February 18, 2021
Only What Matters In Health Information Policy
Things are beginning to return to normal in Washington, D.C. post-impeachment trial. Vaccines are rolling out, the nominee for HHS Secretary is scheduled for a Senate confirmation hearing, we know who the CMS Administrator nominee is, and the former National Coordinator for Health Information Technology, Don Rucker, gave an exit interview -- explaining that the 21st Century Cures Act’s policies to strengthen health information exchange was an Obama-era law, his team began to implement it, and that work will be continued by the Biden administration. The normal handoff from one bureaucracy to another. It is practically boring. Boring has never been so welcome.
A few not-so-boring things to note this week:
A former Microsoft executive is going to run Truveta, a Seattle-based, for-profit health data platform created by 14 major hospital systems. The purpose is to sell the combined data to companies and institutions that need the data to create new medical devices and treatments. This health system collaboration is a “do-it-yourself” attempt to glean needed information from a big pool of health data rather than hire a big tech company to do it -- like Ascension or Mayo did with Google.
Snowflake has Truveta-like scale-up-data-analytic ideas -- but for health plans. The data cloud provider -- which is designed to eliminate data silos and run workloads from a single platform -- just partnered with Abacus Insights, the cloud-based tech company that offers data integration platforms for large insurers, to enable health plans to generate data insights faster and at scale.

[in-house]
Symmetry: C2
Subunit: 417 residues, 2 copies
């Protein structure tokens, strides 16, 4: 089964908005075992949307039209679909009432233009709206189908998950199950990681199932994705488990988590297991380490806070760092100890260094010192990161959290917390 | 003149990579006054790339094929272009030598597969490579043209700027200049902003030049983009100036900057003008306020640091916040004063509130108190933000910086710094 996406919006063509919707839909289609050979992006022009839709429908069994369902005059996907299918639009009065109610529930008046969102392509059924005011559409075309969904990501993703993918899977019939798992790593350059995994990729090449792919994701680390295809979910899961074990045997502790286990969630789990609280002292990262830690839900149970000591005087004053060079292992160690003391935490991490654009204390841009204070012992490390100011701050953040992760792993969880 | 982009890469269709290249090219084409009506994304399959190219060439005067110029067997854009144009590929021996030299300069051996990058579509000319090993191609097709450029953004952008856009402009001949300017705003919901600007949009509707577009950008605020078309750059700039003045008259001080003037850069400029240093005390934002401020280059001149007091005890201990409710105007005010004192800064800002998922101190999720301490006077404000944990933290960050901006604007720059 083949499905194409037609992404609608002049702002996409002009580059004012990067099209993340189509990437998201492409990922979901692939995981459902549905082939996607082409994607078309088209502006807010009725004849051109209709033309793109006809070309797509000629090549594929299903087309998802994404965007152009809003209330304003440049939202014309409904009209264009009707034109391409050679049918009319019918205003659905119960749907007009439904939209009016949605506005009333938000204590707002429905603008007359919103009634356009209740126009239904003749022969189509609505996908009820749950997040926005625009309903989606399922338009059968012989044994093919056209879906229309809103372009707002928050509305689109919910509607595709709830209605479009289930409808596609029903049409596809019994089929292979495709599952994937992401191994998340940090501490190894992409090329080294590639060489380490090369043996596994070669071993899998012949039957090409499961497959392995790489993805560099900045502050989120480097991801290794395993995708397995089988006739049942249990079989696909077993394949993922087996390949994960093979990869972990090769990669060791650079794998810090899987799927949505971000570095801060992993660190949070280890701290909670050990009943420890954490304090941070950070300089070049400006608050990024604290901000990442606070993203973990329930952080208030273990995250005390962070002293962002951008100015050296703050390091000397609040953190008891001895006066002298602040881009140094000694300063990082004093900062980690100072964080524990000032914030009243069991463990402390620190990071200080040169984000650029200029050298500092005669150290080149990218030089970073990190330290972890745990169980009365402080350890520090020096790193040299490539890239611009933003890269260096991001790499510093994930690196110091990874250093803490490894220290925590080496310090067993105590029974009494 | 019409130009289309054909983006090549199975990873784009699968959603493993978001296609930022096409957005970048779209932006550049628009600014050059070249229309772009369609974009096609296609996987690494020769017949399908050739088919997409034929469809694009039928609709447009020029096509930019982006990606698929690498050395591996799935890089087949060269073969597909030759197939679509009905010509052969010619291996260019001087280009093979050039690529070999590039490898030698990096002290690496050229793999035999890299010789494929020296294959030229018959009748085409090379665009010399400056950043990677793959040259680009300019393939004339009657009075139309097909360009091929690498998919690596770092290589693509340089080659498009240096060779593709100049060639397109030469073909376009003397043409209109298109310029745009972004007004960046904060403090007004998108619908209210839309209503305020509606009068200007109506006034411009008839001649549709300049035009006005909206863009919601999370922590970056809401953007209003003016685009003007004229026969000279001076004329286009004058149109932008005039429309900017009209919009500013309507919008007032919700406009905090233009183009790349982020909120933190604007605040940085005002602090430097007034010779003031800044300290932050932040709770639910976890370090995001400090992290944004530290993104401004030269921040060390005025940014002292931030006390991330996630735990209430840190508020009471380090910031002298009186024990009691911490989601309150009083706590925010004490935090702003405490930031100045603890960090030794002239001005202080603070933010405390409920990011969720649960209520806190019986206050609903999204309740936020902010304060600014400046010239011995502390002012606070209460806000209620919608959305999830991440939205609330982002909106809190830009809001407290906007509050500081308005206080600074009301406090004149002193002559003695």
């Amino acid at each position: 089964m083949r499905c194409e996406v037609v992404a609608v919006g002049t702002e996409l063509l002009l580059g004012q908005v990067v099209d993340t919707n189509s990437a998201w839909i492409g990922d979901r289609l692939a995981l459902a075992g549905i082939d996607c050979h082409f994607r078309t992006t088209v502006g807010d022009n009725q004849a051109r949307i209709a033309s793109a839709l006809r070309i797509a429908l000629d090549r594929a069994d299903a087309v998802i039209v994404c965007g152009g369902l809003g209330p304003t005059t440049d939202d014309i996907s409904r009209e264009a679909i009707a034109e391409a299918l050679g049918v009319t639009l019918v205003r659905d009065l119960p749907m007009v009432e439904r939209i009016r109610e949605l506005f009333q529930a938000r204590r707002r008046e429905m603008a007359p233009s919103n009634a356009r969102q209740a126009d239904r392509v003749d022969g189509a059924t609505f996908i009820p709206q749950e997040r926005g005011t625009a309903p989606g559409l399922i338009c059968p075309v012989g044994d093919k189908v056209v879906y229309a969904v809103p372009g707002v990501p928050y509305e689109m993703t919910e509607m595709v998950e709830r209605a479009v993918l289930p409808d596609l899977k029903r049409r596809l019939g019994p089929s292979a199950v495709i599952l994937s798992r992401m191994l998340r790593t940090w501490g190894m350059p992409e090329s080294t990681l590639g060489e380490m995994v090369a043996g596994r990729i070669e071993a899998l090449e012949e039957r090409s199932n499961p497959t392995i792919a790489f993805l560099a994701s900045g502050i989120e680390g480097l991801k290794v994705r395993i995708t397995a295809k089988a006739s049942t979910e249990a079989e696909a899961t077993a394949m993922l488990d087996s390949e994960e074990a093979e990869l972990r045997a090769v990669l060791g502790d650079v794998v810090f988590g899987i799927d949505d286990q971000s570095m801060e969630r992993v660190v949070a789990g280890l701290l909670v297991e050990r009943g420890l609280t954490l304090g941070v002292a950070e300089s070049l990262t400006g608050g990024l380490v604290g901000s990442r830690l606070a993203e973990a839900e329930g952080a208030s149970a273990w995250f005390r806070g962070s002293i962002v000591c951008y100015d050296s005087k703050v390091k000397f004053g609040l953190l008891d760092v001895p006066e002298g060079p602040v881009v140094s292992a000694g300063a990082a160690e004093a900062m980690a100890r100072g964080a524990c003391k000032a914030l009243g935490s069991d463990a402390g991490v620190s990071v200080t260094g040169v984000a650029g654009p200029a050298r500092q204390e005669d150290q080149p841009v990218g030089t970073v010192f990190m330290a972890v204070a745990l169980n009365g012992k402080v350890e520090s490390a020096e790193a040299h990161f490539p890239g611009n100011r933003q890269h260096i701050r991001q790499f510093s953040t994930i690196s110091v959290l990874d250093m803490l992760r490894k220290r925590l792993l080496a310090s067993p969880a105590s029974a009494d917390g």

To help get health data where it needs to be during the pandemic, the Office of the National Coordinator for Health Information Technology made several updates to the Interoperability Standards Advisory, including revising data standards to improve COVID-19 and Public Health Emergency technical operations. Another update will help hospitals comply with a new interoperability rule going into effect in May 2021, requiring an electronic notification to a patient’s other providers and caregivers when they are admitted, discharged or transferred from the hospital.
One Thoughtful Paragraph
While the health care industry and its technical friends are modernizing the tools needed to run the business of health care, there is an explosion of new health care apps for consumers too. There are so many more options to make the whole health care experience a little less painful -- so many more than we could ever list in one thoughtful paragraph -- but this is a few that recently made news. Want to keep yourself well by figuring out what your next best steps are for your health? Look into the going-public Sharecare, or Buoy Health, or at-home lab-test-advice app Base, or Insightin Health. Want to understand your health insurance benefits? Humana has an IBM Watson Assistant. Want to see and understand your medical records? Healthfully says it is creating an easy-to-read dashboard. Hoping to make the process of paying for health care less painful? Check out Cedar Pay (which just closed a deal with Summit CityMD). Want your medical services on-line? Your favorite retailer can help. Some of these “digital front door” companies (Medicom/Duet Health) are figuring out how to offer consumer-facing products because that is what “today’s consumers want and expect in the age of Amazon and Apple.” Yep.